By the end of follow-up, 335 (33%) of 1007 children had started a third drug class, of whom 105 (10% overall and 44% of those with triple-class exposure) had developed triple-class virological failure. Nine (1%) died without such treatment failure. Incidence of triple-class virological failure during each year after ART initiation increased sharply in the first 2 years, from 0·5 per 100 person-years (0·2–1·2) in the first year after ART initiation to 2·6 per 100 person-years (1·5–3·6) in the second year, and then rose more gradually up to the sixth year (4·0 per 100 person-years [2·1–7·0]; figure 2). By 5 years after ART initiation the estimated cumulative proportion of children who had triple-class virological failure was 12·0% (9·4–14·6), and by 8 years it was 20·3% (15·9–24·7). Redefinition of virological failure to 6 months of continuous drug use rather than 4 months gave an estimated cumulative proportion of children with triple-class virological failure by 5 years of 9·4% (7·1–11·8%), and modification of the definition to require confirmation of virological failure gave a 5-year proportion of 9·5% (7·2–11·8).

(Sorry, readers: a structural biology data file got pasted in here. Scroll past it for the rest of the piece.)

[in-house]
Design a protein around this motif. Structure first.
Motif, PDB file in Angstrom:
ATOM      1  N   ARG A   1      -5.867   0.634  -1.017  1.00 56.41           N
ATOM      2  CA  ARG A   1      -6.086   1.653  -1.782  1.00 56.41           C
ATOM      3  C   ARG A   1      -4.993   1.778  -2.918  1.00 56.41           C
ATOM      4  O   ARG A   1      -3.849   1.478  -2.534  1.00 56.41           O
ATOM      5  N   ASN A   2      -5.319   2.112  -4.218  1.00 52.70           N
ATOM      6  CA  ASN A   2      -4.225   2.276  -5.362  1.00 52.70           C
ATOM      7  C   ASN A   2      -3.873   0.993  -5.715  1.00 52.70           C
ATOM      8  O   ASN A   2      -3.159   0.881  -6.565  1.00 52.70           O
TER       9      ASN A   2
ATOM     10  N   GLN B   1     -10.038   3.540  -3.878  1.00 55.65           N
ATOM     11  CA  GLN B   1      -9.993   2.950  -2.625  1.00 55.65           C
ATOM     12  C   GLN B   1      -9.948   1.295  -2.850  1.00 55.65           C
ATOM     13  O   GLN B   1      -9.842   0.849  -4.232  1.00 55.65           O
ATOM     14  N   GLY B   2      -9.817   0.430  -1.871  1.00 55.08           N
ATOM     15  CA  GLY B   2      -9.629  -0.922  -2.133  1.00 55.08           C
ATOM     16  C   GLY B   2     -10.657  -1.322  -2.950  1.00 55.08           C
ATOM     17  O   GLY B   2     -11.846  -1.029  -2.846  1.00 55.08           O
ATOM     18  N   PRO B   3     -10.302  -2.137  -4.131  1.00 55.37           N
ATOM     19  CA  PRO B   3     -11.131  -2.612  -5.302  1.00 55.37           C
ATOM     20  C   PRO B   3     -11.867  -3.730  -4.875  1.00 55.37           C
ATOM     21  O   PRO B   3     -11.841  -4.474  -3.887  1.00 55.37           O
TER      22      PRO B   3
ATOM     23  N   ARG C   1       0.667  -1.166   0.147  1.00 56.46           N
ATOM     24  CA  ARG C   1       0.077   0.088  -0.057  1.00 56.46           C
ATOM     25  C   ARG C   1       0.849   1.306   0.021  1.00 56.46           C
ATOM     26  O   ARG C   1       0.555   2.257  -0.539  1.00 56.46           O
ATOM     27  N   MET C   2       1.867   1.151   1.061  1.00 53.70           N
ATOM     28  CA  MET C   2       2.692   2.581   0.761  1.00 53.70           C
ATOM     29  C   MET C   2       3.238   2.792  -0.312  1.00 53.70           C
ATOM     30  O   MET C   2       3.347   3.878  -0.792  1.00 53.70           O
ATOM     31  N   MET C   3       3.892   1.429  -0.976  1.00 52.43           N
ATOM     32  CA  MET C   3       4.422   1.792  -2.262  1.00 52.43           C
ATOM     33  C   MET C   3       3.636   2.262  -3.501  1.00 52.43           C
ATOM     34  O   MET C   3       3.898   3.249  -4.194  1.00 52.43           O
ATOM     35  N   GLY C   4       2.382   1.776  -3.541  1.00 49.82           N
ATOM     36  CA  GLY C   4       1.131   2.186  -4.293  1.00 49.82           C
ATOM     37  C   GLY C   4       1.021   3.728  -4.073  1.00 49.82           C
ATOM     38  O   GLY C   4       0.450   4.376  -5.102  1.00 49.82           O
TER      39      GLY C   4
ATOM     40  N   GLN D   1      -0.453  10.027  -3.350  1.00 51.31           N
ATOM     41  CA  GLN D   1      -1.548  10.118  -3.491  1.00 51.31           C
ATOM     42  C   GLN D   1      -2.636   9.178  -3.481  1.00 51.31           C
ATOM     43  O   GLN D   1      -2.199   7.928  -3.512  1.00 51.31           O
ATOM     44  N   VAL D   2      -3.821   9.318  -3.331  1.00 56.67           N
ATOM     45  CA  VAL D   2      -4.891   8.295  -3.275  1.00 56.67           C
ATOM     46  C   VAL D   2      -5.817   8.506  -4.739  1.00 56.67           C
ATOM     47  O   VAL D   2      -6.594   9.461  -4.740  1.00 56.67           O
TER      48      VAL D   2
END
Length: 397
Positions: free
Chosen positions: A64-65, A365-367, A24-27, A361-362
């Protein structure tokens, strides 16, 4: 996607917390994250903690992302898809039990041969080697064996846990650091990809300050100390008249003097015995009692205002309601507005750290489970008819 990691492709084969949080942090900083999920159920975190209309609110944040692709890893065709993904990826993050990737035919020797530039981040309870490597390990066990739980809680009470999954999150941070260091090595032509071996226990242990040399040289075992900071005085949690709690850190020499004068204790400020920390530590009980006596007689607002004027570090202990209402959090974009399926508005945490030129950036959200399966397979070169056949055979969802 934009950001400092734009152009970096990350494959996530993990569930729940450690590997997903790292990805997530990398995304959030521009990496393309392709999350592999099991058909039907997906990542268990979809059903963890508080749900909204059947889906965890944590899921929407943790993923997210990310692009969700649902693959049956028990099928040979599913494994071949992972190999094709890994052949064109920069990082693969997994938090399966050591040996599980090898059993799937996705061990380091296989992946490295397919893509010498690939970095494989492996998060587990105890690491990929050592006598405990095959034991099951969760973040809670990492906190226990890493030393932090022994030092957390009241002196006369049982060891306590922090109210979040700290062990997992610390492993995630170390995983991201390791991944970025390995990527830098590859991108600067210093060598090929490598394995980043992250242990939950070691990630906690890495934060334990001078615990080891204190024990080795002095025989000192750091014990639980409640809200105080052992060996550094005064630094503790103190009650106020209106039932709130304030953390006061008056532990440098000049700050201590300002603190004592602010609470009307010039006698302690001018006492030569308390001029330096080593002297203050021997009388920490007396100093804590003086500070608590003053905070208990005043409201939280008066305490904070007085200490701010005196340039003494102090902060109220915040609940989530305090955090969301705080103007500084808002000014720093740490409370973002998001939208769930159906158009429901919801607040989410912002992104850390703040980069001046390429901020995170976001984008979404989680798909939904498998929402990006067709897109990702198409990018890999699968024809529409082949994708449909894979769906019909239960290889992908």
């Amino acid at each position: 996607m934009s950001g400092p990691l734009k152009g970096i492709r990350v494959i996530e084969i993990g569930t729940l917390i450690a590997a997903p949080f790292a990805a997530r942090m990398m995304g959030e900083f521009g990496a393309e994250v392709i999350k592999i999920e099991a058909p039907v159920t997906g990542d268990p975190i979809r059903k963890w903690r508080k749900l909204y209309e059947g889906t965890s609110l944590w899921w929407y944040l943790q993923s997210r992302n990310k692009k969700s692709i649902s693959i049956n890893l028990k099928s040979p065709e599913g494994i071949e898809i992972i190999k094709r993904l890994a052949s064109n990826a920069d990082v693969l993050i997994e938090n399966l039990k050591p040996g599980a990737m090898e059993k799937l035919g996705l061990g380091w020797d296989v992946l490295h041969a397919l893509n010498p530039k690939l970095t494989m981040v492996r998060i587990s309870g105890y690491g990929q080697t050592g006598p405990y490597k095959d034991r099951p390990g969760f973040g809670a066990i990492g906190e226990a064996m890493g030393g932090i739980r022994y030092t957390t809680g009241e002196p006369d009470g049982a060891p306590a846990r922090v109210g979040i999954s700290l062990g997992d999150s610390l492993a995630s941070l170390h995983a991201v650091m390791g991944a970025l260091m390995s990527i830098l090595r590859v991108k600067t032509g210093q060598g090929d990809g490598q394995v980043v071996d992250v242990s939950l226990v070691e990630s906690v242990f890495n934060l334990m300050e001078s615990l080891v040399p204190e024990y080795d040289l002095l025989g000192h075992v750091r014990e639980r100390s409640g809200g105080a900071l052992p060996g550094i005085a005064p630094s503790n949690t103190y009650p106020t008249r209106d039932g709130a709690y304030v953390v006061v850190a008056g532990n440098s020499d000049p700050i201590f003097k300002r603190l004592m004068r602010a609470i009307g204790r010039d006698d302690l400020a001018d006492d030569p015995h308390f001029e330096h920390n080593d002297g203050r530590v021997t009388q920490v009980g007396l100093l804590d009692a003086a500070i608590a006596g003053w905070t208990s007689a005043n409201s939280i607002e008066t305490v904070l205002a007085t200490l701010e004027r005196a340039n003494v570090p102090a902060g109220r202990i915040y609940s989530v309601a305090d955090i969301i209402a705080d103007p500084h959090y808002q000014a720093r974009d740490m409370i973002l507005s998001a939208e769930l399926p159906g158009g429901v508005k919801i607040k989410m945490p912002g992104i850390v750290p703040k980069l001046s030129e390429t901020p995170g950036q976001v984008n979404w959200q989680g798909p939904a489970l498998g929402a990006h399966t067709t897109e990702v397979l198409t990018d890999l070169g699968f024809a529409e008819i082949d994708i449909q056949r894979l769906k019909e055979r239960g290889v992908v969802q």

Older age (10–15 years) at the time of ART initiation was associated with an increased risk of failure (table 2). Children with a previous AIDS diagnosis had a non-significant trend towards an increased risk of triple-class virological failure (table 2). We recorded no significant difference in the risk of failure by sex, year of ART initiation, type of initial ART regimen, previous ART exposure for prevention of mother-to-child transmission, or CD4 percentage or viral load at ART initiation.
Of the children with triple-class virological failure, 29 of 105 never had a viral load measurement of less than 500 copies per mL. Compared with the 76 who had at least one viral load measurement less than 500 copies per mL before developing treatment failure, these children started ART at a younger age (median 1·8 [IQR 0·5–4·4] vs 6·1 [1·2–10·1] years, p=0·008) and were triple-class exposed more quickly after starting ART (2·1 [1·4–3·8] vs 3·3 [1·9–4·6] years, p=0·018).